Murdoch's News Corp. Withdraws BSkyB Bid
STEVE INSKEEP, host:
Rupert Murdoch's media empire suffered another setback today. It involves BSkyB, that television network that Murdoch's News Corp. partly owns, and which Murdoch wanted to take full control of.
Under pressure amid the UK phone-hacking scandal, News Corp. is withdrawing its bid for that company. That announcement came today, even as Britain's parliament prepared to debate the issue.
We're going to talk about this now with NPR's media correspondent, David Folkenflik. He's been covering this story in London. He's on the line.
DAVID FOLKENFLIK: Hey, Steve. Good morning.
INSKEEP: OK, so this story is just breaking. But let's remember the significance of this. From the beginning, the News of the World scandal that has gotten Murdoch in trouble has been seen as having to do with this television deal. What is the deal?
FOLKENFLIK: Well, the deal was an effort by Mr. Murdoch and News Corp. to take over the 61 percent of BSkyB that it did not already own. BSkyB is actually the largest broadcaster in the UK if you think of it as a blend of a network, a satellite provider and ESPN, it really controls a lot of what people see here in the UK. And it was seen as sort of the foundation of the next generation of News Corp.'s prosperity here, much as News of the World and the Sun tabloid papers had been the basis of his riches in the newspaper industry in the previous generation.
INSKEEP: So a huge, huge deal, here. And Murdoch is backing out, which it seemed like he maybe had no choice in the matter.
FOLKENFLIK: It's a tremendous setback in the face of unified political opposition. I can't begin to tell you of the sea change that has occurred in the political landscape here in the United Kingdom just in the past nine days. You've seen members of both of the two top political parties here - the Conservative Party, which rules the coalition government led by Prime Minister David Cameron, and Ed Miliband, the Labour Party leader and opposition - have unified in revulsion at the series, the onslaught of revelations about the extent to which News of the World journalists and private investigators apparently went to hack into people's voicemails.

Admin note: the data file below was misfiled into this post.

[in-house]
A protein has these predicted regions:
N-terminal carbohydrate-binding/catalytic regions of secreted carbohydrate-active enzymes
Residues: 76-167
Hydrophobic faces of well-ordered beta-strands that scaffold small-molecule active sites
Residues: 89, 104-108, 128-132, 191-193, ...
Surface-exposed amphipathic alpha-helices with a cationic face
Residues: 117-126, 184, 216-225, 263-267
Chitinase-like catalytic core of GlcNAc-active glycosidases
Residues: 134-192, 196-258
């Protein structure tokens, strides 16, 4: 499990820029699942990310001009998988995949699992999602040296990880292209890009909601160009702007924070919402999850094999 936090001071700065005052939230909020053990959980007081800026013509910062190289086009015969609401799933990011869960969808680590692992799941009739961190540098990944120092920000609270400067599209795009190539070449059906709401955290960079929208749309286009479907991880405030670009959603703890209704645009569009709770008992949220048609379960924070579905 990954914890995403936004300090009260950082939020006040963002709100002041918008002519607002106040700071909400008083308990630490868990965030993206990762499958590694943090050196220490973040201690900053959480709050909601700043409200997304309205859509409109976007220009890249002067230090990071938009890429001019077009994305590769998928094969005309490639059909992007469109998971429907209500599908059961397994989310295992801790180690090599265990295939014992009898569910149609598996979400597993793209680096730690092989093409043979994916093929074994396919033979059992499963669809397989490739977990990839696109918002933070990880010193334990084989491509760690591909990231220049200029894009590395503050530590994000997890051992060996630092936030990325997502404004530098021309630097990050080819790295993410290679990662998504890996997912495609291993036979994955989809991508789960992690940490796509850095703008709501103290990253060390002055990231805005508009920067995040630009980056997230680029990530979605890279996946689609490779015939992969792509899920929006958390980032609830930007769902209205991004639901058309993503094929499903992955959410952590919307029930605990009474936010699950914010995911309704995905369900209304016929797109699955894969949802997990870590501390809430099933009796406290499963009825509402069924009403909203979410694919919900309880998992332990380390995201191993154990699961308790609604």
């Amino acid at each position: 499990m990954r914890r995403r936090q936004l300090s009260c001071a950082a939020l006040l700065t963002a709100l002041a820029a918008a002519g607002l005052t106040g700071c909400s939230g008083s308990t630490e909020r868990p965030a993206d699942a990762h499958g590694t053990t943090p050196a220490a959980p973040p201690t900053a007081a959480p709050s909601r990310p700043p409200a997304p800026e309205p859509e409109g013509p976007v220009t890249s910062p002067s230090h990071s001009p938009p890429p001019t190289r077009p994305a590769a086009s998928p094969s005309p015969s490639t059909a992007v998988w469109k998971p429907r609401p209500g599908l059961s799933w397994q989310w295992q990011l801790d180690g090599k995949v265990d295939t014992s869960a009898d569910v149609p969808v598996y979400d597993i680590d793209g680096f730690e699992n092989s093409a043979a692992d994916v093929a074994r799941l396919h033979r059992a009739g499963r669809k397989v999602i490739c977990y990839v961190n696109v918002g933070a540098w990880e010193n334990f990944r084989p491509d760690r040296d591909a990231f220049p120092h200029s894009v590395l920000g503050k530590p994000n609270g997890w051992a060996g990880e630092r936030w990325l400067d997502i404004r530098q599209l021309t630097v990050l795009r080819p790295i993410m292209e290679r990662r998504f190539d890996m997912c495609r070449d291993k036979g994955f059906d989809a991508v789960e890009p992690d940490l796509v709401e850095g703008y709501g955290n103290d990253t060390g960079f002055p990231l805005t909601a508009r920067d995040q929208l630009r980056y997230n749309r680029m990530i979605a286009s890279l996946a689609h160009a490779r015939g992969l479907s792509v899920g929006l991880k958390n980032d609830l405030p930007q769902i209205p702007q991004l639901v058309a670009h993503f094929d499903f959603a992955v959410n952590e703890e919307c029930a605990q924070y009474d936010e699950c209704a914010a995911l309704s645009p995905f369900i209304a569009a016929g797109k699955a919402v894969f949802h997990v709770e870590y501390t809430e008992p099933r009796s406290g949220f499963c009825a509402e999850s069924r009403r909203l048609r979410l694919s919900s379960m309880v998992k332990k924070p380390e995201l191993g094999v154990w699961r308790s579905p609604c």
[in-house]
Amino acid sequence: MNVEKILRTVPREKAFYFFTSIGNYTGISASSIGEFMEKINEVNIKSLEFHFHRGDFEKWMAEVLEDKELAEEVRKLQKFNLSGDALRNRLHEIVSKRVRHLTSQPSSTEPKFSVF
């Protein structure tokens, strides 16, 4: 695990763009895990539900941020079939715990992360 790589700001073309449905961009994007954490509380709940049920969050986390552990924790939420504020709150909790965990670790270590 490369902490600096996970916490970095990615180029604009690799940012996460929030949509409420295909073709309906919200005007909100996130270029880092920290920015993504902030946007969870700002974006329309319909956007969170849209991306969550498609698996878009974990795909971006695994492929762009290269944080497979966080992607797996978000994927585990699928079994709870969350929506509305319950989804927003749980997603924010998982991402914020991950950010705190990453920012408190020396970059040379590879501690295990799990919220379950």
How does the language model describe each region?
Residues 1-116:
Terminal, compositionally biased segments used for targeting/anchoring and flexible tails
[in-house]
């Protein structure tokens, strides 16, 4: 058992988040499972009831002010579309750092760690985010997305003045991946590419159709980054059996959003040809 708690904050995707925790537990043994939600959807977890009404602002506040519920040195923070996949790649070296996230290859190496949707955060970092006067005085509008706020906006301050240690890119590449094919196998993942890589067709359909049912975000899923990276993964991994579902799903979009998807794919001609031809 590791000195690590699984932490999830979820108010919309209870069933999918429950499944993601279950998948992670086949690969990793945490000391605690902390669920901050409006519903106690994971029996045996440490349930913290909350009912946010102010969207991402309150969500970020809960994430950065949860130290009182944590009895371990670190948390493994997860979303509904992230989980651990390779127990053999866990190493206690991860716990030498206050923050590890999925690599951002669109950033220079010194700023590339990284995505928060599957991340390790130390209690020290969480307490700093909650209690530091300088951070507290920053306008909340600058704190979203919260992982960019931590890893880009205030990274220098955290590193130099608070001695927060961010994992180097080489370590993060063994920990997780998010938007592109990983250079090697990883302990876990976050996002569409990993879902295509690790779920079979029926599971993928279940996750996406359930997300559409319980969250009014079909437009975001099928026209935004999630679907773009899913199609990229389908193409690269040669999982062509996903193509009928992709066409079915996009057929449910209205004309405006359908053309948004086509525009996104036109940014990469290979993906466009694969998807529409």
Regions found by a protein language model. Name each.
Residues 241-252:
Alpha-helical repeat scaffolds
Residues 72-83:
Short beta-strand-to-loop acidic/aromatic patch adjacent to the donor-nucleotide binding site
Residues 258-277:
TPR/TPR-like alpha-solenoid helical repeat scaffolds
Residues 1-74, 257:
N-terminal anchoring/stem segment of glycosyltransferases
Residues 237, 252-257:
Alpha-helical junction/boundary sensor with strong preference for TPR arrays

It started with Mr. Cameron trying to contain the damage in some ways, but he had close links - both personally and professionally - with Mr. Murdoch's executives, with his newspapers. He had relied on their support to get to power in winning election two years ago. His 180-degree turnaround meant that Mr. Murdoch and News Corp. had no allies left, had nowhere to turn.
Today, a few hours from now was scheduled a vote by which, basically, the entire house of commons would vote upon a measure to call on News Corp. to withdraw its bid. It would not have been binding, but it showed that he had no political support down in Westminster at all.
INSKEEP: And you mentioned David Cameron, the prime minister who had the close links to News Corporation. Both of the major other parties in parliament had already called on this deal to at least be delayed, if not scrapped. So it was unified opposition by the time Cameron came around.
FOLKENFLIK: That's right. And there's a, you know, what seemed to be a localized problem and question of eavesdropping and phone hacking and corruption of police and paying for information clearly was broadened as it had become evident that there's at least evidence to support allegations that news executives had some knowledge, and indeed corporate executives had some knowledge some years ago that this was a more widespread practice.
This has been a scandal that has enmeshed the superstructure of News Corp. It's also really hit at the core of the integrity of the police department, Scotland Yard, and it's really undermined the moral standing of a lot of the political leadership of the country, too. News Corp., though, in particular jeopardy. This is the plan for succession for the financial stability of the company here in the UK and in Europe. It's also...
INSKEEP: You mean the plan was to transition even more into television and less into newspapers than they had been.
FOLKENFLIK: And doing so just because the money and the revenues were so much greater. And also, you know, it's really made shakier his standing in the newspaper world, as well.
INSKEEP: OK. David, thanks very much.
FOLKENFLIK: You bet.
INSKEEP: That's NPR's David Folkenflik in London. And again, the news Rupert Murdoch's News Corporation is withdrawing its bid for BSkyB, a major TV broadcaster.
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